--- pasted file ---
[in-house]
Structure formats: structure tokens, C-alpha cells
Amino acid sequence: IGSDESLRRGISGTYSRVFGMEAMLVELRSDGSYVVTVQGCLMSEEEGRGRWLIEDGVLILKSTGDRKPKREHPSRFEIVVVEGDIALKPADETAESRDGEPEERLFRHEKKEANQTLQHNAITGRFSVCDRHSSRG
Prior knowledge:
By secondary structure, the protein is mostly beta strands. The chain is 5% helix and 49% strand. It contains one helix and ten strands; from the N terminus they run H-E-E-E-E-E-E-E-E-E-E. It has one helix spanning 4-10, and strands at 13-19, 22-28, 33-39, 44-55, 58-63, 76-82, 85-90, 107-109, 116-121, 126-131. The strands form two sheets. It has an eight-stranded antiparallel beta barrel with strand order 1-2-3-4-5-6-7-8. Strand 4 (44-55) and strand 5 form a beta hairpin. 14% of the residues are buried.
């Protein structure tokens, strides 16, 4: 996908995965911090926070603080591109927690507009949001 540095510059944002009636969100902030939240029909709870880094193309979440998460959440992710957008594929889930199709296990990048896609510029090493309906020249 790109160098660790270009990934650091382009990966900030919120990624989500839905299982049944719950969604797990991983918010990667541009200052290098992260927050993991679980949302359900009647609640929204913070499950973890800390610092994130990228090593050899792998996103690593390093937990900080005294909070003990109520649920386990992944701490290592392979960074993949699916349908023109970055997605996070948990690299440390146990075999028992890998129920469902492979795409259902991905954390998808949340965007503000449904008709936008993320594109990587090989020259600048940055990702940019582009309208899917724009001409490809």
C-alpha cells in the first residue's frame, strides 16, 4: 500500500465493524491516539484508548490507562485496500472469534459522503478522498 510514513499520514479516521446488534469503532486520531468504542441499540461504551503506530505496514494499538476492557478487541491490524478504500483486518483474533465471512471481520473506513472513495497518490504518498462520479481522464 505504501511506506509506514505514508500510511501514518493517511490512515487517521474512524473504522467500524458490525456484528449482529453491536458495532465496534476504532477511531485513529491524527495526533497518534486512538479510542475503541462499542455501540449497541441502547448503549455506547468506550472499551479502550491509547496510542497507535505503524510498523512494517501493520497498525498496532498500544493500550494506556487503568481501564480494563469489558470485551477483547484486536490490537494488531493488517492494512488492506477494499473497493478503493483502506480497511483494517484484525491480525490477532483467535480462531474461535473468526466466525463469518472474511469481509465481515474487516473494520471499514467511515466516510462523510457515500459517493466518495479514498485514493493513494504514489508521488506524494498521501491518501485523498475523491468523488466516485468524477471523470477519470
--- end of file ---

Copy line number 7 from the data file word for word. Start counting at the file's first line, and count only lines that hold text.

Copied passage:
C-alpha cells in the first residue's frame, strides 16, 4: 500500500465493524491516539484508548490507562485496500472469534459522503478522498 510514513499520514479516521446488534469503532486520531468504542441499540461504551503506530505496514494499538476492557478487541491490524478504500483486518483474533465471512471481520473506513472513495497518490504518498462520479481522464 505504501511506506509506514505514508500510511501514518493517511490512515487517521474512524473504522467500524458490525456484528449482529453491536458495532465496534476504532477511531485513529491524527495526533497518534486512538479510542475503541462499542455501540449497541441502547448503549455506547468506550472499551479502550491509547496510542497507535505503524510498523512494517501493520497498525498496532498500544493500550494506556487503568481501564480494563469489558470485551477483547484486536490490537494488531493488517492494512488492506477494499473497493478503493483502506480497511483494517484484525491480525490477532483467535480462531474461535473468526466466525463469518472474511469481509465481515474487516473494520471499514467511515466516510462523510457515500459517493466518495479514498485514493493513494504514489508521488506524494498521501491518501485523498475523491468523488466516485468524477471523470477519470